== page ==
The potential idea is to utilize an approach wherein recyclers can keep track of generated waste as it moves through the various chains. A platform that works by tracking recycling activities across a local recycling supply chain on the Blockchain. When this will be publicly available, consumers can also use the ledger info to make more informed purchasing decisions. The Blockchain can be utilized to track individual items through the recycling supply chain by creating physical markers like QR codes.

The suggested Blockchain-based platform can be implemented in various nations with an autonomous waste collector and storage system. This process can be expanded to individual collectors and storage systems. The novel process will be created by incorporating a reward-based Blockchain scheme with the collaboration of global businesses and local waste collectors. The proposed model further allows the effective sharing of databases among various supply chains to create a CE.

Talking about the social implications of the research, the students firmly believe that the study will result in the introduction of new technology in the recycling industry and promote awareness about technology in rural areas. Developing a platform and implementing blockchain and other facilities will be the focus of these young innovative brains of SRM University-AP in the forthcoming days.

Read the full paper here: https://doi.org/10.3390/su13169142

Dr Nimai Mishra, Assistant Professor, Department of Chemistry, SRM University-AP along with his team comprising of his PhD scholars Mr. Syed Akhil, Ms. V.G.Vasavi Dutt, and Mr Rahul Singh have published a research article titled “Surface-State-Mediated Interfacial Hole Transfer Dynamics Between CsPbBr3 Perovskite Nanocrystals and Phenothiazine Redox Couple” in The Journal of Physical Chemistry-C, published by The American Chemical Society with an impact factor of ~4.126.

Dr Mishra’s research interests lie in Semiconductor nanocrystals, Core/shell branched structures, Nanowires, Perovskite nanocrystals and Optoelectronic device fabrication. He studied the role of surface chemistry for improving excited state hole transfer from CsPbBr3 nanocrystals to an acceptor, potentially applicable for photocatalytic applications.

About the research:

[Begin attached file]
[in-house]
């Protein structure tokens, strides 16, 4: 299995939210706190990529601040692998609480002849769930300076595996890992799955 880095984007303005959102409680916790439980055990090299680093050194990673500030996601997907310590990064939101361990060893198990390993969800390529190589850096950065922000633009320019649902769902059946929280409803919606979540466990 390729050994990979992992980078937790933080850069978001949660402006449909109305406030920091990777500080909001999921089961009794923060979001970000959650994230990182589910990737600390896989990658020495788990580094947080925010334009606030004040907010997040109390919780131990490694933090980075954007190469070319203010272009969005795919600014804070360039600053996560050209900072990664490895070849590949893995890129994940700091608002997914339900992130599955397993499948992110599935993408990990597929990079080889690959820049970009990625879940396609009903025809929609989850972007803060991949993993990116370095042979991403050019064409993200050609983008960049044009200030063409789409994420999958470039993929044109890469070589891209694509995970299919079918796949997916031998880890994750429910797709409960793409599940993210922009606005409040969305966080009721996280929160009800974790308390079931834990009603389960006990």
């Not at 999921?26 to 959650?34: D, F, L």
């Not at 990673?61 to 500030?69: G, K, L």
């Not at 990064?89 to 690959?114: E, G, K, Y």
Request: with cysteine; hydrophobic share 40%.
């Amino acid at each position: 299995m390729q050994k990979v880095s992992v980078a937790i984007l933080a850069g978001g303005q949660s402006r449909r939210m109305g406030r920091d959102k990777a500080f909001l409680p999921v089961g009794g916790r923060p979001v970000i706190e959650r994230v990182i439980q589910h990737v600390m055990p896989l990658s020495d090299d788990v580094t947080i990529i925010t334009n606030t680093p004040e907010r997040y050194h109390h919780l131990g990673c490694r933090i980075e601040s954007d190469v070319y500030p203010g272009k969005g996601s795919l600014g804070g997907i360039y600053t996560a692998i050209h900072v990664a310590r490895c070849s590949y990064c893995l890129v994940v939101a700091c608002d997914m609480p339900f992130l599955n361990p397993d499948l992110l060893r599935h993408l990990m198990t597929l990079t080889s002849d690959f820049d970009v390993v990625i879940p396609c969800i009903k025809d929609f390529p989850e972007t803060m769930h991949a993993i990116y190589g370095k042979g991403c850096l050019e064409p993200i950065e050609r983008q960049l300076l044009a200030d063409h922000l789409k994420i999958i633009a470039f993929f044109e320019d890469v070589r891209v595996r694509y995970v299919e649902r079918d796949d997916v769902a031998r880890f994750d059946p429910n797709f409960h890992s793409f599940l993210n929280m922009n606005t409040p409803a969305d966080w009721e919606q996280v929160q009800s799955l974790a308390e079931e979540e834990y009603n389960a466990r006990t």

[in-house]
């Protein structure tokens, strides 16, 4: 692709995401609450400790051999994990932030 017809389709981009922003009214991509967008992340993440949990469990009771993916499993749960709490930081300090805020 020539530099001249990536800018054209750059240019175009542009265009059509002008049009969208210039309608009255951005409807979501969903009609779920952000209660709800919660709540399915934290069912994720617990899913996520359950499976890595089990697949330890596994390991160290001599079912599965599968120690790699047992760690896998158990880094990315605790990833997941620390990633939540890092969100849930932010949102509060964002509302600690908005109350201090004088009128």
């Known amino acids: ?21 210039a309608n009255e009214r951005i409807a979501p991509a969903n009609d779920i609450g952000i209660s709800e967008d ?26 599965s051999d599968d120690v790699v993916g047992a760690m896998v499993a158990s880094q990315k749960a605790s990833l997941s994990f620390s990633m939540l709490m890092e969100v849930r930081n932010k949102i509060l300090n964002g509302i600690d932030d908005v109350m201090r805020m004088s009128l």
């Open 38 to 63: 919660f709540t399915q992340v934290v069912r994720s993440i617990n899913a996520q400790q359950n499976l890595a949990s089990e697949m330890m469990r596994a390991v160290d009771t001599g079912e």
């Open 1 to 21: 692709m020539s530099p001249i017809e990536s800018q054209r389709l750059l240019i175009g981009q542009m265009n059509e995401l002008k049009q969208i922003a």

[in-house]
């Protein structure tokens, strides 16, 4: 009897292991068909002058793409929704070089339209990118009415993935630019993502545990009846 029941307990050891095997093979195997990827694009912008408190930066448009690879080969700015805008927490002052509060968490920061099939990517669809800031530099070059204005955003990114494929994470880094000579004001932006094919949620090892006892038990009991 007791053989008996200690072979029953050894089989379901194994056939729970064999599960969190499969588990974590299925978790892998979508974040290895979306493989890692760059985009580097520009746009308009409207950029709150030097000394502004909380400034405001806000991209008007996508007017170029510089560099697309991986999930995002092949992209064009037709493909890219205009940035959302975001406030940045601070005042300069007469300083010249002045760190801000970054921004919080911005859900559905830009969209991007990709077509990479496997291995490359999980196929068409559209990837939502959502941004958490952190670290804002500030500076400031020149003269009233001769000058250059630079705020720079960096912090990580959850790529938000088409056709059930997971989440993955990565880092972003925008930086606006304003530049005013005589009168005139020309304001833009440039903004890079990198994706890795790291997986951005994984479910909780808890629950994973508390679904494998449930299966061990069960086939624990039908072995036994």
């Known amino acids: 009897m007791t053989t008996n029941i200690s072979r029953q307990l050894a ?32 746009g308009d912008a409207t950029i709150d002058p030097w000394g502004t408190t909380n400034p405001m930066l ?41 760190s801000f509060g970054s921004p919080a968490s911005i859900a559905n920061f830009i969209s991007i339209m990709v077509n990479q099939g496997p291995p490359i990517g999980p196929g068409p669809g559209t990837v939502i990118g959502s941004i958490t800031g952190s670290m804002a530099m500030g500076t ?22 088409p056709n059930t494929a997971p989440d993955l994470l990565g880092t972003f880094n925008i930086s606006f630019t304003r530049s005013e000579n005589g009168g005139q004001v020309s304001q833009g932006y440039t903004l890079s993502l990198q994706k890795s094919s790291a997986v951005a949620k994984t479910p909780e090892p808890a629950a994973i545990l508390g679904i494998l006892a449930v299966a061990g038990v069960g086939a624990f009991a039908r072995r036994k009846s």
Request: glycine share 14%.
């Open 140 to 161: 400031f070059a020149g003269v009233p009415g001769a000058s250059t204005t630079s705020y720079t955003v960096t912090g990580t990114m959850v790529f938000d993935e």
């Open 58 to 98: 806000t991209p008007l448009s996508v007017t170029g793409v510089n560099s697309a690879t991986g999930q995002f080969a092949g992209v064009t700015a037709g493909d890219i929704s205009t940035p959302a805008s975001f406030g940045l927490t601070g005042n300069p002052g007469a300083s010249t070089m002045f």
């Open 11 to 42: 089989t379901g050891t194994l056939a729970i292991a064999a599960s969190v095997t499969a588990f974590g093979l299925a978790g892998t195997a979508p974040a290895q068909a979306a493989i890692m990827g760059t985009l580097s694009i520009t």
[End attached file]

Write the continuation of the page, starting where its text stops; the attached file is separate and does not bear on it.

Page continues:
Recently, caesium lead bromide (CsPbBr3) perovskite nanocrystals (PNCs) gained enormous attention for designing photocatalytic reactions because of their photocatalytic properties. But the surface chemistry of nanocrystals is often ignored which dictate the excited state interactions of these semiconductor nanocrystals with the charge shuttling redox-active molecules. In this work, we have explored the impact of CsPbBr3 perovskite nanocrystals with the three different surface chemistries on the excited state interactions with the standard hole acceptor phenothiazine molecule. From the steady PL-lifetime decay measurements we have calculated the photoinduced hole transfer (PHT). In the amine-free PNCs case, PHT is 6 times higher than the conventional amine capped ligands. Using the lifetime fast component (1) rate constants, we have calculated the hole transfer constant (kht) which is 3.942 × 108 s-1 and it is 4 times higher in amine-free ligands when compared with conventional amine ligands system.

According to Dr Nimai Mishra, the most important contribution of this research is that these results highlight the impact of surface chemistry on the excited state interactions of CsPbBr3 PNCs and conclude amine-free PNCs could be an ideal candidate for photocatalytic reactions.

Read the full paper: https://pubs.acs.org/doi/10.1021/acs.jpcc.1c07129

SRM University-AP is honoured to host Dr Satheesh Ellipilli as a DST- Ramanujan Fellowship Faculty and facilitate his research for the next five years.

Ramanujan Fellowship is one of the most prestigious scientific fellowships that is offered to the Indian scientists working abroad. This fellowship is offered by Science and Engineering Research Board (SERB) to encourage scientists of Indian origin to return and research in an Indian institute/University.

SERB offers the scientists Rs 1,35,000/- per month along with research grant of Rs 7,00,000/- per annum and Rs 60,000/- per annum for overhead charges.